I'm going to preface this with it's my first time using PostGIS.

I'm starting out with a 5 km x 5 km grid cell in which I know the center point lon/lat (SRID=4326). I'm trying to create a polygon for each of these grid cells in PostGIS using this command:

    create table lonlat_poly as
    select ST_MakeEnvelope(lon-2.5 km, lat-2.5 km, lon+2.5 km, lat+2.5 km)
    as newlonlat from lonlat;

where lonlat contains the two columns lon and lat.

The potential pitfall is that the simple subtraction and addition of 2.5 km is not going to be correct due to projection issues (right?). I'm sure there's a more precise way of doing this, but I haven't thought or stumbled upon anything yet. Thanks in advance for any hints you can provide!


You have two options: make a perfect 5 km grid, projected inperfectly to lat/long, or make a perfect lat/long grid that approximates a 5 km grid. See How to create a regular polygon grid in PostGIS? to help make a grid.

Perfect 5 km grid

For example, using this function, here is a 4 x 6 grid with 5 km x 5 km cells somewhere in Vancouver using NAD83 UTM Zone 10N (EPSG:26910), then transformed back into WGS 84 lat/long (EPSG:4326):

SELECT ST_Transform(ST_SetSRID(ST_Collect(cells), 26910), 4326)
FROM ST_CreateFishnet(4, 6, 5000, 5000, 493000, 5456000) AS cells;

You can approximate your x0 and y0 origin reference from your projected grid points (subtracting 2500 m from each x and y).

Perfect lat/long grid

Similar to above, but you must approximate 5 km in degrees latitude and longitude. (I just used one point, but you might want to approximate this distance at the centroid of your points).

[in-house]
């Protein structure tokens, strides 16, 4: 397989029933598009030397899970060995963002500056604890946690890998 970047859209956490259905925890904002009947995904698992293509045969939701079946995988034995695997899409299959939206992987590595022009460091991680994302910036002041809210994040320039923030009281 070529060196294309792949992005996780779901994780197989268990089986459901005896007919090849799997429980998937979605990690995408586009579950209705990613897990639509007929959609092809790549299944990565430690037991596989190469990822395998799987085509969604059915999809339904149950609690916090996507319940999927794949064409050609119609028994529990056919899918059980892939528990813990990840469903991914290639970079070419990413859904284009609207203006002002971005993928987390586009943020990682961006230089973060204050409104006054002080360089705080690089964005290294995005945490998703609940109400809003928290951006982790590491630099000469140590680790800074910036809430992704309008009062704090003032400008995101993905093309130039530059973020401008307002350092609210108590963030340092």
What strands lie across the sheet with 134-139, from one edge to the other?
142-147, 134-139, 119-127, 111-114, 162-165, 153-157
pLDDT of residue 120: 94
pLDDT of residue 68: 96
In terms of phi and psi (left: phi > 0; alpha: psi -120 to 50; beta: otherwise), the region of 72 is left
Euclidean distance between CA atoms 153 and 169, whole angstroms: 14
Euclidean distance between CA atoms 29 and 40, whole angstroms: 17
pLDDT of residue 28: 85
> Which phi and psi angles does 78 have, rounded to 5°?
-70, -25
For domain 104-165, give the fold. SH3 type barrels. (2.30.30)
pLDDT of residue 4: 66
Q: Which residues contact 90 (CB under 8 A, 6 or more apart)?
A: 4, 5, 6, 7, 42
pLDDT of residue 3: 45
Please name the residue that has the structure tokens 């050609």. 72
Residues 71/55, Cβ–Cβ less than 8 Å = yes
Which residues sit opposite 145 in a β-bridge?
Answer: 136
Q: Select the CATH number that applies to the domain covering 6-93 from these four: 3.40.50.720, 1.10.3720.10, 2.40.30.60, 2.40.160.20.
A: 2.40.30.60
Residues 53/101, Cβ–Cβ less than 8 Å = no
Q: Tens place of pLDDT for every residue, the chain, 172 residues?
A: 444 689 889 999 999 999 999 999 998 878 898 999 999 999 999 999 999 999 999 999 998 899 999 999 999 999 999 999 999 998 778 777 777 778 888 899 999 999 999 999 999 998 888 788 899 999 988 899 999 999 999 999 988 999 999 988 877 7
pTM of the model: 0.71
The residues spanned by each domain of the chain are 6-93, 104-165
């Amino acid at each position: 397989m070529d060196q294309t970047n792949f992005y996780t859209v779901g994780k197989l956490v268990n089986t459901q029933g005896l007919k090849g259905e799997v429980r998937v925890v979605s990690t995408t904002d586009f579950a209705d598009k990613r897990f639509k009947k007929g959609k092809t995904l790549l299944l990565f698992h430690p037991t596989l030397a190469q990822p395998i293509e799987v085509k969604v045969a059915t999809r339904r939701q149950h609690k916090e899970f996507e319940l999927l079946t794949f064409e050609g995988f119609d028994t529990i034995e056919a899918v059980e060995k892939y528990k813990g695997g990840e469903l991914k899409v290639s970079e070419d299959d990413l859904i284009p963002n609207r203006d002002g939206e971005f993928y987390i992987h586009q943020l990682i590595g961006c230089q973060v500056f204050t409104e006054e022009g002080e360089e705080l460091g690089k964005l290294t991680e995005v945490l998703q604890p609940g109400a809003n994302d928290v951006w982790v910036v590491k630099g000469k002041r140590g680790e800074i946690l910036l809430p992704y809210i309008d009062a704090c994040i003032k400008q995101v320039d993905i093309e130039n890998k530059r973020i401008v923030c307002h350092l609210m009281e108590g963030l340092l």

SELECT ST_SetSRID(ST_Collect(cells), 4326)
FROM ST_CreateFishnet(4, 6, 0.0687135352095627, 0.0449759180267531, -123.096198961667, 49.2567270585716) AS cells;

Both results are pretty close to each other due to the small scale, but will look more warped over larger regions.

  • Thanks @Mike Toews I like these approaches. My Grid covers the whole US, so I opted to use the ST_Transform function on each lon lat pair and then add and subtract my 2.5 km from that transform and it looks pretty good.
    – Jonathan
    May 10 '12 at 17:41

you are right, sometimes projections cant make result as we want. in this case, i âm converting my projection to Google mercator for getting true result.

i dont know is it work for you but i use ST_Transform method like this case.

    create table lonlat_poly as
    select ST_Transform(ST_MakeEnvelope(lon-2.5 km, lat-2.5 km, lon+2.5 km, 
    lat+2.5 km),900913)
    as newlonlat from lonlat;

i hope it helps you....

  • Thanks @Aragon: I used this approach, but also had to add an additional ST_Transform within the MakeEnvelope command to convert each of the lon and lat values to meters. Thanks again!
    – Jonathan
    May 10 '12 at 17:38

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